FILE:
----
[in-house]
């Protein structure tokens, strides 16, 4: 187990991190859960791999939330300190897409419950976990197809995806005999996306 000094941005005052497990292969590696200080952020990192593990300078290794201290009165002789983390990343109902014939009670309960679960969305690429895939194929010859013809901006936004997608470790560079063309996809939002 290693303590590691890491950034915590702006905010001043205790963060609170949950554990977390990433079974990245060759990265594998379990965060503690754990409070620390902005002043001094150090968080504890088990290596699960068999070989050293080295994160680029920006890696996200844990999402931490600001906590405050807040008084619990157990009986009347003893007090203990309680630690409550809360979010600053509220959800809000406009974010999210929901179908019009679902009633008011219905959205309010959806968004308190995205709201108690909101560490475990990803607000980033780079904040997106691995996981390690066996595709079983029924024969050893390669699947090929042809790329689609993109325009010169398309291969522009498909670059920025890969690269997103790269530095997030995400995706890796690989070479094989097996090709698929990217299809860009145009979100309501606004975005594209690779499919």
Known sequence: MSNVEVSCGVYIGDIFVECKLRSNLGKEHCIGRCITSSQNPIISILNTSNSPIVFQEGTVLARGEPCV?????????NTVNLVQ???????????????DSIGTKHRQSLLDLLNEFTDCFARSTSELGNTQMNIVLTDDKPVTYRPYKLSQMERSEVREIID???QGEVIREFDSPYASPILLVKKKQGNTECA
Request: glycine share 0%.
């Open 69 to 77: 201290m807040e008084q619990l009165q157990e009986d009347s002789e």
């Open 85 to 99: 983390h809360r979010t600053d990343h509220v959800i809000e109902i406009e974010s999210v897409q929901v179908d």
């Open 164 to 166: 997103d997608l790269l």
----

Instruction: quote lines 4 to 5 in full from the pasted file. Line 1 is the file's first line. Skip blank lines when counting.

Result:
Request: glycine share 0%.
């Open 69 to 77: 201290m807040e008084q619990l009165q157990e009986d009347s002789e």